- The Representation of Genocide in Graphic Novels: Considering the Role of Kitschby Laurike in 't Veld
Any book whose title juxtaposes the weight of genocide with the insubstantiality of kitsch signals a provocative intervention into the well-established nexus of comics studies and trauma theory. Laurike in 't Veld's book is indeed a fresh take on these topics, and her readings of both canonical and lesser known graphic novels about genocide is a welcome and accessible contribution to the field. Reading a group of graphic novels (although some are more properly graphic auto/biographies, documentary comics, and comics journalism) about the Holocaust and the genocides in Armenia, Rwanda, and Bosnia, in 't Veld shows how a concept such as kitsch can provide a productive framework for understanding how these texts produce affective responses to the atrocities they depict. But this is not a purely celebratory discussion of the power of comics to overcome compassion fatigue or solicit new empathy for the victims of suffering. Particularly helpful is the author's considerations of the limits of kitsch and anti-kitsch strategies in a perceptive analysis of the aesthetics and politics of graphic representations of genocide.
Chapter one is an introduction that delineates the scope of the study, provides an overview of early representations of genocide in comics, introduces the theoretical framework, and summarizes the chapters. Readers skeptical of in 't Veld's yoking of kitsch aesthetics to genocide narratives will find an in-depth discussion of her methodology here, as the author traces the history of kitsch from the early twentieth century to now in order [End Page 348]to unpack its potential for comics studies. While a richer answer to the question "What is kitsch?" unfolds over the course of the book, its aesthetic qualities of visual excess, narrative tendencies to hyperbole, and historical universalisms are clear from the beginning. Yet, like its close relatives camp and melodrama, the denigration of kitsch often attributed to the Frankfurt School and Clement Greenburg has more recently been overturned by cultural critics recuperating kitsch as a category of potential plurality and cultural resistance. This is where the study's core argument emerges: kitsch is an aesthetic and political category of tensions between excess/restraint, attraction/repulsion, distance/affect, and presence/absence. As such, some kitsch reaches its limits in the representation of atrocity; other versions of it unravel themselves to comment self-reflexively on these limits.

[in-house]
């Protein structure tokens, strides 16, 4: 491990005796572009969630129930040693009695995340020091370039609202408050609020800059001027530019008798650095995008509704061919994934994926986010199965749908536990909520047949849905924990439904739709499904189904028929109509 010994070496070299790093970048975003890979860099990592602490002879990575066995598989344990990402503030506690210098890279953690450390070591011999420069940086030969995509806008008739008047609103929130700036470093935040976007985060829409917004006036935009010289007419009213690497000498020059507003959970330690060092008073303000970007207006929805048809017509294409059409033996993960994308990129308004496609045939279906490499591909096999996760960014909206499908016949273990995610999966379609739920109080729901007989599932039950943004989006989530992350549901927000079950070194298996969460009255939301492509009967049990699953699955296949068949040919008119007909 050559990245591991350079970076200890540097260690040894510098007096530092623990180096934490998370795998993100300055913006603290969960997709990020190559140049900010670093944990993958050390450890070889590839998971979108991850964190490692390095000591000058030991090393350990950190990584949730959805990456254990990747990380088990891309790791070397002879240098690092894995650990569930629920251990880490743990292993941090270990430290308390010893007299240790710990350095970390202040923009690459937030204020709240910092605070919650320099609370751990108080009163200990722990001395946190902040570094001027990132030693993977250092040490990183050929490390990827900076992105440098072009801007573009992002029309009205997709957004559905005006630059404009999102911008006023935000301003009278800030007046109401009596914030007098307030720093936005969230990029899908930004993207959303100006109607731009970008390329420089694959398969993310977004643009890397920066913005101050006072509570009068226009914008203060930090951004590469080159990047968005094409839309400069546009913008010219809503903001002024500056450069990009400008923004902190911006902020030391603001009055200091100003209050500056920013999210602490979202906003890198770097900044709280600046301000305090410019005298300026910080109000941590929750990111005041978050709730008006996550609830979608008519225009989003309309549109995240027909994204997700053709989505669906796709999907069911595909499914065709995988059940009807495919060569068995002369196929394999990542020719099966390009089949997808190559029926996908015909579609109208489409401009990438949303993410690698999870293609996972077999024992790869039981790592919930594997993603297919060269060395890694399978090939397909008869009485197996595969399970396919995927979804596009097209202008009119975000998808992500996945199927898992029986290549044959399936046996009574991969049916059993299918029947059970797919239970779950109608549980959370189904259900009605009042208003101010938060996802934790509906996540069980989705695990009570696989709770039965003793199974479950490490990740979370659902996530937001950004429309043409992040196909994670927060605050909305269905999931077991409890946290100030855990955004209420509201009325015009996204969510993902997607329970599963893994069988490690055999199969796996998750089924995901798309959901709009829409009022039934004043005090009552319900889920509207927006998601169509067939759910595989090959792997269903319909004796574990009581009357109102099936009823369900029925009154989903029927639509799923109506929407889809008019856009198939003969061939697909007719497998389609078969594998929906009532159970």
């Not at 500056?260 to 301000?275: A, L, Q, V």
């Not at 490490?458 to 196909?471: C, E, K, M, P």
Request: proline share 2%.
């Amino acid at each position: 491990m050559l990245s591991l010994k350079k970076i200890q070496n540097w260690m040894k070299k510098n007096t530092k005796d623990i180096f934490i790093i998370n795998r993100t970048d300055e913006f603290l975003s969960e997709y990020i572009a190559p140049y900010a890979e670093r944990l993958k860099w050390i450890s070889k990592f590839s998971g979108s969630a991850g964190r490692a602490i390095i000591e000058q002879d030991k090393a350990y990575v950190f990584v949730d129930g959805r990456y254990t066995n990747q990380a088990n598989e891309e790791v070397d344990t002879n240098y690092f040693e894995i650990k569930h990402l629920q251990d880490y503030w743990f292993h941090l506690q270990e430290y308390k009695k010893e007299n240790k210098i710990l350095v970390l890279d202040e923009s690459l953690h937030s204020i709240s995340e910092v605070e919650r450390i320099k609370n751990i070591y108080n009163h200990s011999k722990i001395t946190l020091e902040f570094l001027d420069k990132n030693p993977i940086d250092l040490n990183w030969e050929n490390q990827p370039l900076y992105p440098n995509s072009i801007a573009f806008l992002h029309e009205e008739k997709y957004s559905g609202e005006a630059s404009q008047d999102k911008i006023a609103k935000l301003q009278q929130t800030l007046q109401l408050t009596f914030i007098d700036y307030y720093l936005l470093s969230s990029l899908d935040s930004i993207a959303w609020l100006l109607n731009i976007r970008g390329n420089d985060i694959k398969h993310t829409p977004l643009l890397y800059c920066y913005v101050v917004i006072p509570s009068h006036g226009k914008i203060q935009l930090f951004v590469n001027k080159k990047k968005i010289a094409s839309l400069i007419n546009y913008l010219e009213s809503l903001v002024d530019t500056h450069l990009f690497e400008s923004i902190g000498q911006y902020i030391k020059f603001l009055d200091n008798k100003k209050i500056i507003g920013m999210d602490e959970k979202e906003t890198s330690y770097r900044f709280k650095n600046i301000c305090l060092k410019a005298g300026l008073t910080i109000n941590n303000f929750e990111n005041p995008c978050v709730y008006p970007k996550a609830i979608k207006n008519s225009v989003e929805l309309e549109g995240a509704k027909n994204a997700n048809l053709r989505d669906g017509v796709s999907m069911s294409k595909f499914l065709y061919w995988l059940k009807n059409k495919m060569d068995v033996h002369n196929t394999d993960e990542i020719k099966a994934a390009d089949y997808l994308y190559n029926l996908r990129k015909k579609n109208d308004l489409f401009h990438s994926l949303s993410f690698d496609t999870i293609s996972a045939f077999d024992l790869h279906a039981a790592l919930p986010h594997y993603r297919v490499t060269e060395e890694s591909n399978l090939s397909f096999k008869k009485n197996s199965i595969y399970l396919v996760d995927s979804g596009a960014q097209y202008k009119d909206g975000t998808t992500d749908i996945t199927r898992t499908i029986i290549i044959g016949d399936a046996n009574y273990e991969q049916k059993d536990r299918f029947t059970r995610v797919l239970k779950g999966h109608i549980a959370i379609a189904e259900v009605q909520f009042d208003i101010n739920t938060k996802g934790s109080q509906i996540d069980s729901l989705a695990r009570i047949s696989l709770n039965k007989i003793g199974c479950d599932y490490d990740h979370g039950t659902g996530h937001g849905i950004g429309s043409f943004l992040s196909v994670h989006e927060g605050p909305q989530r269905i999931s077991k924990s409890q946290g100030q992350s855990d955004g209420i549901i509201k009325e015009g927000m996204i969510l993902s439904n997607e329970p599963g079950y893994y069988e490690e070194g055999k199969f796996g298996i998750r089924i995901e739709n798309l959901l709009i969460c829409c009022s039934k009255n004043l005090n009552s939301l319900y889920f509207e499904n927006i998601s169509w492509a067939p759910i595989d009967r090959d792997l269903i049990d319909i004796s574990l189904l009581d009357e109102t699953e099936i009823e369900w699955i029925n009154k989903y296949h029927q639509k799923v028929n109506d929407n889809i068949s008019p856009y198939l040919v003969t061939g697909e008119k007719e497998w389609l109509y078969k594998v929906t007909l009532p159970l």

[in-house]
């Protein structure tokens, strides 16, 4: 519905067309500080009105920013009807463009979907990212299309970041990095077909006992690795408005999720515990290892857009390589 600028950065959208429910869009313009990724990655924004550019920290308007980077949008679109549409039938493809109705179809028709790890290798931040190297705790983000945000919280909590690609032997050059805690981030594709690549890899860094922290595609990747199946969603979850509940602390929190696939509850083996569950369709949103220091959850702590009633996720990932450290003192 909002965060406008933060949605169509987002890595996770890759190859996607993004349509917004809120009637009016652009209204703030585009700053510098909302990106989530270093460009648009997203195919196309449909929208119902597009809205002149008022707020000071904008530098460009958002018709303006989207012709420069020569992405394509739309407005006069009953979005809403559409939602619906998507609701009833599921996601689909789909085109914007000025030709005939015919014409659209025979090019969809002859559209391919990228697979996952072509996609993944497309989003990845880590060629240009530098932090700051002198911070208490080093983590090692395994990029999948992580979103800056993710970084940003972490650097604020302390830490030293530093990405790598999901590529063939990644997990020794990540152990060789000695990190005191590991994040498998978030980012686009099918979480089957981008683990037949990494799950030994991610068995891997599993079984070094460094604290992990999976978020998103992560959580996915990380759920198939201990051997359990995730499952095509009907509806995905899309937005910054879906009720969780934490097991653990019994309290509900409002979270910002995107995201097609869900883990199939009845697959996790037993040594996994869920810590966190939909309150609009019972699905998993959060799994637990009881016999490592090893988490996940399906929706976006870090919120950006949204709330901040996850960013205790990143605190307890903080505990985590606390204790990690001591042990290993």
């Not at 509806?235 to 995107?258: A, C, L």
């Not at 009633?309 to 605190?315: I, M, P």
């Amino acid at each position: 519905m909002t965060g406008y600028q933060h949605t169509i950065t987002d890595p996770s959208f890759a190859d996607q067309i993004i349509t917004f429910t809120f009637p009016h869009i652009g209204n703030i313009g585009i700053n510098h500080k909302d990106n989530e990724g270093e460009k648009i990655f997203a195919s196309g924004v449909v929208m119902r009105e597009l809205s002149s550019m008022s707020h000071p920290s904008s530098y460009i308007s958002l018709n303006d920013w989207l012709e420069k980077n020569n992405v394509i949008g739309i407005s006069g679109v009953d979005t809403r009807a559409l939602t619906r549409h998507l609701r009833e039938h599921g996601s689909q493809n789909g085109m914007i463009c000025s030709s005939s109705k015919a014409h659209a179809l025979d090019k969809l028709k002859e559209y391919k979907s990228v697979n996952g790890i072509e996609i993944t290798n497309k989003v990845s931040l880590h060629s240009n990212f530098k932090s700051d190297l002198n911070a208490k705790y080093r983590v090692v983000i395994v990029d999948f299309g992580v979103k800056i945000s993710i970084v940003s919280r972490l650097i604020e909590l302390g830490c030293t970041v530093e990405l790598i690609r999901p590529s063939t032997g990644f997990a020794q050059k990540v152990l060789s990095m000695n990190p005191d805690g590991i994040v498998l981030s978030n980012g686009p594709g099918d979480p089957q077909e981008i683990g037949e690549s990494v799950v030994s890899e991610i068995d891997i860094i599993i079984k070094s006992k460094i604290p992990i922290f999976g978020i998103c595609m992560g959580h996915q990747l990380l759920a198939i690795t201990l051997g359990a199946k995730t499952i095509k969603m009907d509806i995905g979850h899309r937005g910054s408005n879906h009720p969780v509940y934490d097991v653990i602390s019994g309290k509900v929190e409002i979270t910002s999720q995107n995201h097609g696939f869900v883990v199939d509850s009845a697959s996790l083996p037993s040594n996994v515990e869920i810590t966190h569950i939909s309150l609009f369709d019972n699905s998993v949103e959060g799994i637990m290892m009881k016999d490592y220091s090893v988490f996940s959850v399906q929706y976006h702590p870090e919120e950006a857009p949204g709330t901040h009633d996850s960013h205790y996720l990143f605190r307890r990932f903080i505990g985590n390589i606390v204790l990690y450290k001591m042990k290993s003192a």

Organized thematically rather than chronologically or by individual works, this book returns to its corpus of texts in each chapter from a slightly different angle. The primary Holocaust graphic narratives are Art Spiegelman's Maus;Eric Heuvel's The Search;Joe Kubert's Yossel, April 19, 1943;Dave Sim's Judenhass;and Pascal Croci's Auschwitz;the Rwandan genocide is represented in Jean-Philippe Stassen's Deogratias, Matteo Casali and Kristian Donaldson's 99 Days, and Rupert Bazambanza's Smile through the Tears;the Bosnian genocide is the focus of Joe Kubert's Fax from Sarajevoand Joe Sacco's Safe Area Goražde;and, the Armenian genocide is represented in Paolo Cossi's Medz Yeghern: il grande male(unavailable in English). Some readers may find it difficult to follow the thread of a single graphic novel's analysis through the whole book, but this organizational approach allows the author deeper comparative analysis and an enlightening set of twists and turns around a set of figures, tropes, and topics.
Chapter two, "(In)human Visual Metaphors: The Animal and the Doll," introduces two common visual tropes in genocide graphic narratives that soften representations of violence, atrocity, and death. The chapter shows how animals and dolls work as signs of innocence and sentimentality in order to heighten affective responses and readerly interaction. The first section on animal representations draws on existing scholarship, particularly on the mouse/cat/pig figures in Mausand the real and surreal dogs in Deogratias, to show how these animal metaphors are not just substitutive, but also allow for self-reflexive commentary on...